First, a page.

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The following is a summary of the events that transpired between Ignacio, Colorado and Bluff, Utah beginning on 27 May, 1998 and finally ending on 05 June, 2007. It is a work in progress. I am currently revising and re-writing my notes from my own on-the-ground search over the last 5 years for the final fugitive.
Introduction- My Interest in the Largest Manhunt in Western History
I first learned of the events of late May, 1998 in the Four Corners region upon returning home to Boulder, Colorado after a long week of mountain biking in Moab. Somewhat surprisingly, I had heard nothing of the manhunt while riding and camping in the Moab area. But then I was in Moab to escape by mountain bike into the backcountry of Utah, and not to pay attention to what was happening in the world. Upon learning about the manhunt I followed it closely for months and, being familiar with the area, started thinking about Bluff, Montezuma Creek, Mexican Hat, the San Juan River, and the roads and canyons that were mentioned in the news. I followed the news reports, like much of the country and even the world, until they were replaced with more important news and the reports began to die out.
My interest was renewed when Alan Lamont Pilon’s body was found on Tincup Mesa in late 1999. I revisited all the news reports online, began collecting the articles that I did not have, eventually bought and read Tony Hillerman’s Hunting Badger, which was based on the events, and began thinking more and more about what could have happened to the third fugitive.
The fugitives as the people of the Four Corners, and the world, came to recognise them in the summer of 1998. These are the photos that first appeared on the wanted posters that were hung around the Four Corners Region.
Another year or so passed. I checked the internet from time to time expecting to find a report about the discovery of McVean’s body. There was still no sign of him. By this time I was spending a lot more time in the region, mostly on Cedar Mesa and Grand Gulch, to the west of where the fugitives disappeared. I was spending as much as eight to ten weeks a year in the area hiking, backpacking, biking, camping, driving backroads, and searching for ruins and rock art in the labyrinths of canyons. As I hiked I found myself thinking more and more about the fugitives, about why they stole the truck, about what their plans might have been, about the time they spent in the desert very near where I was and most importantly where McVean could have gone. I decided that since I was already in the area so often, I might as well visit Cross Canyon and take a look around, perhaps do some hiking in the area. There are plenty of ruins to be seen in the region, so my visits could be twofold.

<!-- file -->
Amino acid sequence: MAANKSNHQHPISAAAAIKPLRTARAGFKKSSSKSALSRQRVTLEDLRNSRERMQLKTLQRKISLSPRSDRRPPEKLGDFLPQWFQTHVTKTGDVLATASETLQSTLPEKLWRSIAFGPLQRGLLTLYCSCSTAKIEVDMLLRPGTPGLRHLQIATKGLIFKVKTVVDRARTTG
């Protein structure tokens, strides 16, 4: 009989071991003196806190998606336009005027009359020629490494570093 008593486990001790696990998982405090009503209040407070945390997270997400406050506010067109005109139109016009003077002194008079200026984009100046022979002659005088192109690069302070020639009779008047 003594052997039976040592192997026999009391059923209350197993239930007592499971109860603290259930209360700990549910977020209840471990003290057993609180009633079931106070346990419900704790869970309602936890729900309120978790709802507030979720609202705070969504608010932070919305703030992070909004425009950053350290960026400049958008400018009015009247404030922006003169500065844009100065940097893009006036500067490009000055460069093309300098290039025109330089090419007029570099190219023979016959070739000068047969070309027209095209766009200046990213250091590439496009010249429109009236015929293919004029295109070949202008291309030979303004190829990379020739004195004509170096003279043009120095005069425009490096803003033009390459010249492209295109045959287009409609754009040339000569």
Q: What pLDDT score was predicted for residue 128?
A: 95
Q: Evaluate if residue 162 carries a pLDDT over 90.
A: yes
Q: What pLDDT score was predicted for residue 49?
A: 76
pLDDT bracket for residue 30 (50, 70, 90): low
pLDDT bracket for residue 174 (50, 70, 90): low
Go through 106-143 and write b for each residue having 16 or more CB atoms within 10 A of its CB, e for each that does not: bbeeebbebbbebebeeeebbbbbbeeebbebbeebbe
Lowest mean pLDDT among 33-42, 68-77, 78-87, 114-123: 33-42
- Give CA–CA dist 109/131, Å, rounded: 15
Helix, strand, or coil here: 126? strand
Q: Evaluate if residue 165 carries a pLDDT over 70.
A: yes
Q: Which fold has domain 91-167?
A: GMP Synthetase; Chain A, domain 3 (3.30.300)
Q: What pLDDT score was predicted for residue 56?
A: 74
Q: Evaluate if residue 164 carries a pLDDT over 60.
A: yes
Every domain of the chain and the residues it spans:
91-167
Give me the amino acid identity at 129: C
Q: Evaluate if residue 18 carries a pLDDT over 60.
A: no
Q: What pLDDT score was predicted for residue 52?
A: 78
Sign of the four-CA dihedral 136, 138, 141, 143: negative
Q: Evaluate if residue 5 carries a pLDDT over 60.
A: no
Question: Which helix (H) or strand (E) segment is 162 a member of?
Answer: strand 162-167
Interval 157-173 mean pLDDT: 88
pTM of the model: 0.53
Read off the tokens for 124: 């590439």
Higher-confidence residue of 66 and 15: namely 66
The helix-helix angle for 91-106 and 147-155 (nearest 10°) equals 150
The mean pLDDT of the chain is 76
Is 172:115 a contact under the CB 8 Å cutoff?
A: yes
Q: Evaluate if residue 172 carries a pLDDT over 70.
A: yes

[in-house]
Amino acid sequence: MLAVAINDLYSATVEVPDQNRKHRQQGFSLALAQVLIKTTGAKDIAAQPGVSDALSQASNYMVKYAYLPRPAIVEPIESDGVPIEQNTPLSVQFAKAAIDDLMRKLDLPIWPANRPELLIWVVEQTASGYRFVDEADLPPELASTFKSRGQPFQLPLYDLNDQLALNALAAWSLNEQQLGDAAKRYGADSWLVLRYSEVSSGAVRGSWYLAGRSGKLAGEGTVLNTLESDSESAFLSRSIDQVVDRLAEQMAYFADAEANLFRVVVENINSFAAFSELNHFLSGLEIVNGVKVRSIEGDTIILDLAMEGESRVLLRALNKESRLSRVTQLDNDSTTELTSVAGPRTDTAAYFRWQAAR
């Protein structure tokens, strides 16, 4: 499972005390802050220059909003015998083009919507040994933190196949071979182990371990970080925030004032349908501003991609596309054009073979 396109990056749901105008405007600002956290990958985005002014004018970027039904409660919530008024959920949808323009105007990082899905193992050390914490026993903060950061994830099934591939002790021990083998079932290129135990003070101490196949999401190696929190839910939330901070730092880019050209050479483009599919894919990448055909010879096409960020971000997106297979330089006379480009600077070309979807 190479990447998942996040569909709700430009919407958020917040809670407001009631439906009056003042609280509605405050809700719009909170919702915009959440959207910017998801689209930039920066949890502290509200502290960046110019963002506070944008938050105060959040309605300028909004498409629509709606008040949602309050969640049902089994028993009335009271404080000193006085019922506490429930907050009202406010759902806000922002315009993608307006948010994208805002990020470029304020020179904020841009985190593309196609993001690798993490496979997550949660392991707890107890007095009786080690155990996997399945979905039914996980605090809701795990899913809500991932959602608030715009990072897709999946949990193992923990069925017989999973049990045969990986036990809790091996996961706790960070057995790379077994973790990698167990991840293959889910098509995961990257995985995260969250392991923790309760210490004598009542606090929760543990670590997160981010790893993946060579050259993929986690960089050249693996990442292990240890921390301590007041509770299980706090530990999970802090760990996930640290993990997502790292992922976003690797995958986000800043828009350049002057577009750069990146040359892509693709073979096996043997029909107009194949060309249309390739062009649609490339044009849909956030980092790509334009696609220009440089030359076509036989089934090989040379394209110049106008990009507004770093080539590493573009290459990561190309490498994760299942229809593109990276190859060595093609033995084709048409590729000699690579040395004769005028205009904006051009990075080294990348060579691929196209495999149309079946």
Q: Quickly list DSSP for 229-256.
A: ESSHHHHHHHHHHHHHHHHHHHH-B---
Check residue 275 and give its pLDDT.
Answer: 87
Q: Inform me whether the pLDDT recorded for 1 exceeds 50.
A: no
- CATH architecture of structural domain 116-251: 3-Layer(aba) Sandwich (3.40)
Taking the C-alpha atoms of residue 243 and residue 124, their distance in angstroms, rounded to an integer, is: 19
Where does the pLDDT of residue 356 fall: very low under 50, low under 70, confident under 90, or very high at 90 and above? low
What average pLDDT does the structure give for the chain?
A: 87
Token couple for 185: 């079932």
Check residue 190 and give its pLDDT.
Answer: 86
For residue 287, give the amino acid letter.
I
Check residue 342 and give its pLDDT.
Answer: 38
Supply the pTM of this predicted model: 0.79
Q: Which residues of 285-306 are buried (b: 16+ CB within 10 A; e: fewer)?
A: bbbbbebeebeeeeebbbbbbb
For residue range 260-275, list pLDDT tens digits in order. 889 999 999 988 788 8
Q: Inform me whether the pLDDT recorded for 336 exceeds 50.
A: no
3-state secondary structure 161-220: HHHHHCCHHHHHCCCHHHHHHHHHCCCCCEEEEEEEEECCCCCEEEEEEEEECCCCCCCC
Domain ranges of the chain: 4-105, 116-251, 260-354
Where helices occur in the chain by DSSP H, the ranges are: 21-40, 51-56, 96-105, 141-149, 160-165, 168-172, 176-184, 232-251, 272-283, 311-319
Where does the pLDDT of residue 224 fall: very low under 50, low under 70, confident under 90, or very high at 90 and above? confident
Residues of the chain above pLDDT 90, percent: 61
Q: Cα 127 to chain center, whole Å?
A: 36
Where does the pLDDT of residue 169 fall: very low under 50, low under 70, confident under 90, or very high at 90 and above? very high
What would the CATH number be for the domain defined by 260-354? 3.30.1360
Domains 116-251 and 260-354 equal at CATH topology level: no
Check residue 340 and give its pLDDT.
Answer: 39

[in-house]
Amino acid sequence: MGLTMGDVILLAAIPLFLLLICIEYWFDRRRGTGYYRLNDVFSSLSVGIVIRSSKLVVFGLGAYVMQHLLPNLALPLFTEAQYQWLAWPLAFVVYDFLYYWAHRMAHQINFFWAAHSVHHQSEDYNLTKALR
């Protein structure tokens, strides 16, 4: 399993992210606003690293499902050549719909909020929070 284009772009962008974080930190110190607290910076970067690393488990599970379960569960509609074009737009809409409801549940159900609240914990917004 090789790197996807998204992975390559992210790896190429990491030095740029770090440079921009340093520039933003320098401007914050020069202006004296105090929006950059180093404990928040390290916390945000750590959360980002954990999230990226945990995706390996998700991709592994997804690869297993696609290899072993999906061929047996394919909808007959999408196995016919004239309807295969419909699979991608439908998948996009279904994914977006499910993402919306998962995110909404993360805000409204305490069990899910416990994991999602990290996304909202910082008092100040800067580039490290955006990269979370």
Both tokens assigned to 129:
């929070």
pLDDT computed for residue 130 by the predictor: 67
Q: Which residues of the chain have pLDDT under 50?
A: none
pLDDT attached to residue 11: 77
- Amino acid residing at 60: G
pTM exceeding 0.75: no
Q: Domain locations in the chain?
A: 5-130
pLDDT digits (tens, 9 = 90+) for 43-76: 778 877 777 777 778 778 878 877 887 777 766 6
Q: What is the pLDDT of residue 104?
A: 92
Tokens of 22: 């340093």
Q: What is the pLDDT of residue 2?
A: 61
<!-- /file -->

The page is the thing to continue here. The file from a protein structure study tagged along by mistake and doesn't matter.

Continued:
On my first visit to the Cross Canyon area I located West Cross Canyon Pond, the truck abandonment location, and the tree where Pilon’s body was found. I had done a very thorough map reconnaissance of the area and was very familiar with the roads, canyons, well pads, water sources and so on. Armed with this information I began hiking in the area. I focused first on water- running water, standing water, water courses such as intermittent streams in canyon bottoms, and larger streams as well. My logic was that during the monsoon rains and flash floods that occurred at the end of every summer, McVean’s gear, or more, might be washed down towards the canyon bottoms.
View to the east from the tree where Pilon's body was found by Navajo hunters on 31 October, 1999. This location is on top of Tincup Mesa; the mesa drops off hundreds of feet to the canyon bottom in the foreground of the photo. Road cutting through center of photo is Cross Canyon Road. The patch of green just above the road and to the right of the frame is the truck abandonment location at West Cross Canyon Pond. Note Sleeping Ute Mountain in the background.
I also began searching out possible cache locations and looking for caves, natural rock shelters and cliff dwellings that might not be easily seen, but that were big enough for hiding out in, or at least for hiding food or equipment.
I decided to submit a Freedom of Information Act request to the FBI for information about the investigation. There were complications with this request due to the fact that the case was still open, with McVean not yet apprehended, and ultimately, I believe, because of the confusion over which law enforcement agency had jurisdiction over the case. After numerous submissions and revisions of my paperwork, the search essentially turned up nothing. The FBI indicated that they found references in their database to the investigation, but were unable to find the actual information. Next I called the Cortez, Colorado Police department to inquire about the investigation at the source. I was connected to Lt. Jim Shethar, who was still in charge of the case in Colorado. I was never able to meet with Lt. Shethar, who had indicated that he would be more than happy to allow me to review the evidence. I also had plans to contact San Juan county sheriff Mike Lacy in Blanding, Utah for information and to learn about his experience of the case, but was unable to make this meeting happen either.
Back to Top
Page 1- Introduction-
Page 2- The Crime- The Sequence of Events
Page 3- Disappearance
Page 4- The High Desert of the Colorado Plateau
Page 5- The Area Mapped by the Fugitives